“Be open, gracious and receptive. Get used to being concise and direct with your talking points. We all have great stories to tell, but keep your topic and asks laser focused. Likewise, stay positive. We both had tons of personal and professional stuff going on and we stayed focused on the awesome fact that we were producing something amazing and making up dreams as we go along. We had and have a lot to be happy and grateful for, so we tried to let that come through.”
Gene also stresses the importance of not being rigid when it comes to scheduling.
“Be flexible in your time. We had podcasters calling out of the blue and asking for odd times, and we just rolled with it. Many have called back for more episodes, so I am thankful to the new friends and allies we made by just being open.”
The campaign for TRIBAL FORCE ended with $8,000 and 175 backers. Enough to cover production on the book and shipping, but leaving Gene feeling like they didn’t reach their core audience.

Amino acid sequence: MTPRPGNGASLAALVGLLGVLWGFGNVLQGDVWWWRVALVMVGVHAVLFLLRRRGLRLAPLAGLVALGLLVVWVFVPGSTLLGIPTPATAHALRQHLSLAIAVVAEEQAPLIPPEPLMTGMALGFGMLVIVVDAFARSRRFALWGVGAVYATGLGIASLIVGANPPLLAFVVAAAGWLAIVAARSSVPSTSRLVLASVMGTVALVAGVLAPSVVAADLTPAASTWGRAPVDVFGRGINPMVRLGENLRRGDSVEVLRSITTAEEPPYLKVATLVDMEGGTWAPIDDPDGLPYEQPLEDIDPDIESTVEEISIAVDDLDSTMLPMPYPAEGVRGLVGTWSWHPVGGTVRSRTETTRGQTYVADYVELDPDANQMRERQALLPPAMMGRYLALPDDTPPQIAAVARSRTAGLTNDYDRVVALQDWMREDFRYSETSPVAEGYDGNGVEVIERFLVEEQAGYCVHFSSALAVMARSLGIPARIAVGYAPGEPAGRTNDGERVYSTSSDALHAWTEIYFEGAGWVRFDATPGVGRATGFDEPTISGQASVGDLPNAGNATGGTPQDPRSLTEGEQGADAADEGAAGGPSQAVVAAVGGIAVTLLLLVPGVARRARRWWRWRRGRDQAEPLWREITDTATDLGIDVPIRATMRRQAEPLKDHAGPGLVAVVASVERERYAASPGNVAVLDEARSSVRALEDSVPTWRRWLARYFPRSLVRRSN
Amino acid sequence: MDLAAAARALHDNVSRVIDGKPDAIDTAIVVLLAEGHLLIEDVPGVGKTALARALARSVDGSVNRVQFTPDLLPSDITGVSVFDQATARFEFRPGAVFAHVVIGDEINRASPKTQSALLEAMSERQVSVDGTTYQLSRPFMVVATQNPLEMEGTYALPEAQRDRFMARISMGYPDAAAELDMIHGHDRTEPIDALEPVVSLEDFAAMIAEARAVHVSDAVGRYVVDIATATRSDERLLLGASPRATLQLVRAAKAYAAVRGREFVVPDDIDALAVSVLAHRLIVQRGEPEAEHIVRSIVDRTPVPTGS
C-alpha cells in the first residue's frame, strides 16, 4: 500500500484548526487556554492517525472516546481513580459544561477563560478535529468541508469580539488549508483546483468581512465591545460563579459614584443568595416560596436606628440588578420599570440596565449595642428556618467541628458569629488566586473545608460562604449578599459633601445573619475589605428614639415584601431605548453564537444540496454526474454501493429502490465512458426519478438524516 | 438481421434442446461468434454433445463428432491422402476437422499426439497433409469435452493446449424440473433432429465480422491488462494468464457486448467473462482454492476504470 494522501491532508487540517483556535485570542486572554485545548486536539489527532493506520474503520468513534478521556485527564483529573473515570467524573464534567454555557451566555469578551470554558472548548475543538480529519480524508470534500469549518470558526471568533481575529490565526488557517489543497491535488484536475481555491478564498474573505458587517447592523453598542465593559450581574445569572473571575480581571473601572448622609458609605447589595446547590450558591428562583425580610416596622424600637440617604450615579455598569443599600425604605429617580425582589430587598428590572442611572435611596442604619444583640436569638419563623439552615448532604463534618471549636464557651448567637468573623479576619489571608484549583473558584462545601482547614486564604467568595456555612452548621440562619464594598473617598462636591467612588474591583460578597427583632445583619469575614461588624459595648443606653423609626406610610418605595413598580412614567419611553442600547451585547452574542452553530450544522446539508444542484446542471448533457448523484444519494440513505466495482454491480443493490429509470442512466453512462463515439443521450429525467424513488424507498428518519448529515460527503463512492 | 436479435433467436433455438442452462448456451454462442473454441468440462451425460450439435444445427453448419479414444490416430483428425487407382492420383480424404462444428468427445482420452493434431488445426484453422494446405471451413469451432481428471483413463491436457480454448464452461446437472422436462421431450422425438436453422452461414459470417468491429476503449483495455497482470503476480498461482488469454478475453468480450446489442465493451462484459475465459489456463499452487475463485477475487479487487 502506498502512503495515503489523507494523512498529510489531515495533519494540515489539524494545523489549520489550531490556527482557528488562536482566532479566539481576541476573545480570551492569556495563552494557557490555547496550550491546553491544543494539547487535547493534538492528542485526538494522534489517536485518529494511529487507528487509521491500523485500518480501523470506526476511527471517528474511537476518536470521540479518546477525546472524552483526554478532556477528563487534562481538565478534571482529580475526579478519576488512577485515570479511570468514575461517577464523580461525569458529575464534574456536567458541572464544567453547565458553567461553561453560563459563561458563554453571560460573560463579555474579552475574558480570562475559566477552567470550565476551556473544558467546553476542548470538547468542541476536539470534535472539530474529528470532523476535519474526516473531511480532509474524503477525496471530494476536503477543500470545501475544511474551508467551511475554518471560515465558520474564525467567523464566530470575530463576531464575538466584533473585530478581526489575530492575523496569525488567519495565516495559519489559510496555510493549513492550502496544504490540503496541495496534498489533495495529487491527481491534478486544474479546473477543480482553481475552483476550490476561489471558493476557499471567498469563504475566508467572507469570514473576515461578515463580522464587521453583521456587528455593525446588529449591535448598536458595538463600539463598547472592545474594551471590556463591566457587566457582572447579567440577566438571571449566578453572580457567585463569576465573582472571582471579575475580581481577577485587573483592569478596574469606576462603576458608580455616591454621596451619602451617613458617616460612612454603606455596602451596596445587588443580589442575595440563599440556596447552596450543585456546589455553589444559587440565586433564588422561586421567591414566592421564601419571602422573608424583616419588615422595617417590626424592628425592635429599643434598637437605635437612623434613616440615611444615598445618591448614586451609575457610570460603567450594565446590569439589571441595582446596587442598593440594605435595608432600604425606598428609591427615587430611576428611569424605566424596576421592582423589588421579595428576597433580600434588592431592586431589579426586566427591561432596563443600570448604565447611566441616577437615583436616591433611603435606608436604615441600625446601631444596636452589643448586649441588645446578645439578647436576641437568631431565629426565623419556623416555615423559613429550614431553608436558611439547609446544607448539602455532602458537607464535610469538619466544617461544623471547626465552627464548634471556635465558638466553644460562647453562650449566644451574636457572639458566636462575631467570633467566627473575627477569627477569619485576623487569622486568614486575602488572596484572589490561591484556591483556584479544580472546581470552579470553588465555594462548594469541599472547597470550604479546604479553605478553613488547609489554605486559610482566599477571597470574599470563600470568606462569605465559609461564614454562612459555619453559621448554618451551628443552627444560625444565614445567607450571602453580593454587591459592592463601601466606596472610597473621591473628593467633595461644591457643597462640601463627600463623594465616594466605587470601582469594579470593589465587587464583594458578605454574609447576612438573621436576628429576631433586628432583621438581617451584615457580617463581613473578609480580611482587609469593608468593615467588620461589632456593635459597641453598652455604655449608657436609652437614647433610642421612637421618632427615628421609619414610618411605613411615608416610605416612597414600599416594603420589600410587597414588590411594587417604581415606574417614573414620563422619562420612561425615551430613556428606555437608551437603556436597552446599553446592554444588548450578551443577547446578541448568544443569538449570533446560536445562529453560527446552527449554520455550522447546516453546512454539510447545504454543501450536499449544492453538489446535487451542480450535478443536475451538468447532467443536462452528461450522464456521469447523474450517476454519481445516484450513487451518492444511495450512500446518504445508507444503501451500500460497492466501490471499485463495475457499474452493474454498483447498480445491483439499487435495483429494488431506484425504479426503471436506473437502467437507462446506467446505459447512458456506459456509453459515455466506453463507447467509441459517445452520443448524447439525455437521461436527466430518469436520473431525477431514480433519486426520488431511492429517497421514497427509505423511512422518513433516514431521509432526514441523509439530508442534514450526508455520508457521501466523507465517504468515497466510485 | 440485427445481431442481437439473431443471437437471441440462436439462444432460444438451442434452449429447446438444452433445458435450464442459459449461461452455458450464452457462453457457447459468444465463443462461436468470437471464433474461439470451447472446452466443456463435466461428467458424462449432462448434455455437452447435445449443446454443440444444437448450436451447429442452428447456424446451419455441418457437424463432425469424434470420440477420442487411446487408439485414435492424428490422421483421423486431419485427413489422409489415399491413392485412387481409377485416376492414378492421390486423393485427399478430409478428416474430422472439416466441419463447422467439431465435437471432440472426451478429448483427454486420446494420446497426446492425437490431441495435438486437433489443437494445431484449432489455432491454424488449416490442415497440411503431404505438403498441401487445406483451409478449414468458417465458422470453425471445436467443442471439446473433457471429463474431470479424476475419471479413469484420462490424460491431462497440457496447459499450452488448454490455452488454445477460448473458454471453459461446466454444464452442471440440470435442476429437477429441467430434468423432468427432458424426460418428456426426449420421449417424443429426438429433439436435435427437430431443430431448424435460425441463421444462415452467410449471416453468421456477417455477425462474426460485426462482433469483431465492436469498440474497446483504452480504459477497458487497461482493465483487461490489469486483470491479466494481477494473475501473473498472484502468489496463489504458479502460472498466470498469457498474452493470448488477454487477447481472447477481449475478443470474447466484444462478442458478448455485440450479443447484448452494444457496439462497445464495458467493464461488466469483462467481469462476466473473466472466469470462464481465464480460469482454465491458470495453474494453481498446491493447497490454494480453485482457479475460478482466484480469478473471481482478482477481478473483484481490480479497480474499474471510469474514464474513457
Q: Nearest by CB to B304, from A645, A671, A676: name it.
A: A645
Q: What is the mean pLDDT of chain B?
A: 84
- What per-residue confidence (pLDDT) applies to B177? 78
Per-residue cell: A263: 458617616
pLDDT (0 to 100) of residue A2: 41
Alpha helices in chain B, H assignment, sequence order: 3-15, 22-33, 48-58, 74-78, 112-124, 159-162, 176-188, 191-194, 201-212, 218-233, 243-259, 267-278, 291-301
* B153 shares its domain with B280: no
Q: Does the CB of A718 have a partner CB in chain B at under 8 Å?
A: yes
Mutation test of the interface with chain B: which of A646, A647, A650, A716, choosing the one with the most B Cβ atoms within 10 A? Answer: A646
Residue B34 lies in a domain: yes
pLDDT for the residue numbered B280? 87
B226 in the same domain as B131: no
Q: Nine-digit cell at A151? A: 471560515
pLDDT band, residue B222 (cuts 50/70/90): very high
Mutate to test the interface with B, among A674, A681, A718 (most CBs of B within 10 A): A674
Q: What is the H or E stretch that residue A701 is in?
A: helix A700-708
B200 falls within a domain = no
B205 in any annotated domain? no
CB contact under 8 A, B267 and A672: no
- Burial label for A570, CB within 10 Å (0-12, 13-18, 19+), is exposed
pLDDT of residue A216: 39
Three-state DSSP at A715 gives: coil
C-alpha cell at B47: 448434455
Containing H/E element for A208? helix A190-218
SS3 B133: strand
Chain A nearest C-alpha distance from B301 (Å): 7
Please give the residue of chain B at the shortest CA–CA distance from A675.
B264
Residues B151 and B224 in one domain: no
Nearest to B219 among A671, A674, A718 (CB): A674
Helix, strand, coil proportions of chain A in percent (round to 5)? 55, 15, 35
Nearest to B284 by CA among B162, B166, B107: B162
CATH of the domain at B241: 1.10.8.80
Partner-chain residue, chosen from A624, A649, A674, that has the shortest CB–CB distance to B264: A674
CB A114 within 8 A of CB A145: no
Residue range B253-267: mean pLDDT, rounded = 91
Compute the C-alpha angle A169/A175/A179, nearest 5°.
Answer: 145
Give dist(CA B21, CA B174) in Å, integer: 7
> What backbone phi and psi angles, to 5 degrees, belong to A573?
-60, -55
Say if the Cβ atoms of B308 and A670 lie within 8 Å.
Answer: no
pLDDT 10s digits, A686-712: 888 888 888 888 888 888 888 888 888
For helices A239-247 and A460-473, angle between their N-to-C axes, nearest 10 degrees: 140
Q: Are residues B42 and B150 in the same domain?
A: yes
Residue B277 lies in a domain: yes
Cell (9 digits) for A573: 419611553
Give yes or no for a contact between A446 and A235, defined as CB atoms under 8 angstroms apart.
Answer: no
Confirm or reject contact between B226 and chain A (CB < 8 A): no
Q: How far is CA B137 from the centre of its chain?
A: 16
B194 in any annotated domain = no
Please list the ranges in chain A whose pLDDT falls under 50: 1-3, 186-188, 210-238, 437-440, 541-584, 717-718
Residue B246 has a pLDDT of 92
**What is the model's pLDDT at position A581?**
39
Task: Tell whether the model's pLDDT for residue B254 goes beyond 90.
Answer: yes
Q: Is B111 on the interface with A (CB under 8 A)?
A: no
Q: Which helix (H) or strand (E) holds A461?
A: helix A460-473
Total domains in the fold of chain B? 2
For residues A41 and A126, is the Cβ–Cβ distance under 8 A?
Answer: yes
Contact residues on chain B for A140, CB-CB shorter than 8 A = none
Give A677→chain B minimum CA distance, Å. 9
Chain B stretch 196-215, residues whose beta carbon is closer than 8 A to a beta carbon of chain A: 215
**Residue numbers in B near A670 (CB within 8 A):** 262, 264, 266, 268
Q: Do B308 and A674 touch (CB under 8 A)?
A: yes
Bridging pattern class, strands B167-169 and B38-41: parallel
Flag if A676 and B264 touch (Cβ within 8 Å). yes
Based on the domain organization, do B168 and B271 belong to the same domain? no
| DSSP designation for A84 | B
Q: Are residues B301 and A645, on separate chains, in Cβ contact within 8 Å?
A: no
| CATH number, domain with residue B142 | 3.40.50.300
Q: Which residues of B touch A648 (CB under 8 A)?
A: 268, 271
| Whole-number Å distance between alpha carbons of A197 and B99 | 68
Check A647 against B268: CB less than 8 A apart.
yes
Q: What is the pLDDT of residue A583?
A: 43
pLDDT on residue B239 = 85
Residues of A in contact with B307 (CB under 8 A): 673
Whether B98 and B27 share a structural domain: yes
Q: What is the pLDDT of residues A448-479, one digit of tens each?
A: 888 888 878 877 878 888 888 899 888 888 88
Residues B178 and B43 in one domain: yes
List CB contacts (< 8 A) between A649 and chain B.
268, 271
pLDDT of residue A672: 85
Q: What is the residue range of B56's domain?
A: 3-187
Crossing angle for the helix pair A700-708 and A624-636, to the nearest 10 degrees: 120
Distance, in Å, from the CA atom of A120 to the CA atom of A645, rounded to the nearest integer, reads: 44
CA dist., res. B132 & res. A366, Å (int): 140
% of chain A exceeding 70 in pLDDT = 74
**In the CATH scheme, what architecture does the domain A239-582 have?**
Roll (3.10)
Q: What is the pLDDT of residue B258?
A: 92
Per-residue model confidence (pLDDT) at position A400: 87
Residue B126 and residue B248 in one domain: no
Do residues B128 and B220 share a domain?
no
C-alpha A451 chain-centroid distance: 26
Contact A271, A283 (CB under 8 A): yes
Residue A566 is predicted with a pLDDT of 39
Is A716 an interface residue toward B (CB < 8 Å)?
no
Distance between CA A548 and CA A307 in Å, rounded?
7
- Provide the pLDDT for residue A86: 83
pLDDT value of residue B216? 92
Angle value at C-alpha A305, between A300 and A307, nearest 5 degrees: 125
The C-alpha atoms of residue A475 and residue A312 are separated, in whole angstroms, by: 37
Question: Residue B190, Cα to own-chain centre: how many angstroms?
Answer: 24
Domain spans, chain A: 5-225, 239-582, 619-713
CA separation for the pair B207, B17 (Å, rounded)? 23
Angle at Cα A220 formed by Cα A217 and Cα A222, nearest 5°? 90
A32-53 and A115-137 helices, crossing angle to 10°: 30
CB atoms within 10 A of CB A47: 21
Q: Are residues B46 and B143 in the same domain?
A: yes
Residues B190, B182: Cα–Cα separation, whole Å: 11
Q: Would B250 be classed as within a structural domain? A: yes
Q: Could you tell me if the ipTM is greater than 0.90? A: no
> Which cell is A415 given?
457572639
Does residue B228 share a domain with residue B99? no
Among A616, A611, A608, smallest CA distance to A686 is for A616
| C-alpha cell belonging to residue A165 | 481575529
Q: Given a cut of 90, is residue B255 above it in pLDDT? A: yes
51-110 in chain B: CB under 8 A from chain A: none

“TRIBAL FORCE is the original all Native American super-hero team, yet it’s not too well known in the Native American communities. Most of our backers on Kickstarters were not Native Americans. That’s neither bad or good. This is actually data that shows us we have yet to get our comic, which is created, written, and produced by native/indigenous Americans, to be in front of the native/indigenous communities.”
That, in fact, is one of their biggest challenges. While most of us take comic book shops for granted, they are a rarity for native/indigenous youth.
And the internet we so easily access? Reservations are sovereign lands, so America’s communication companies skirted their borders when laying the cable. So now, to get basic internet in those communities, some still use dial-up modems, while others need to drive outside the reservations.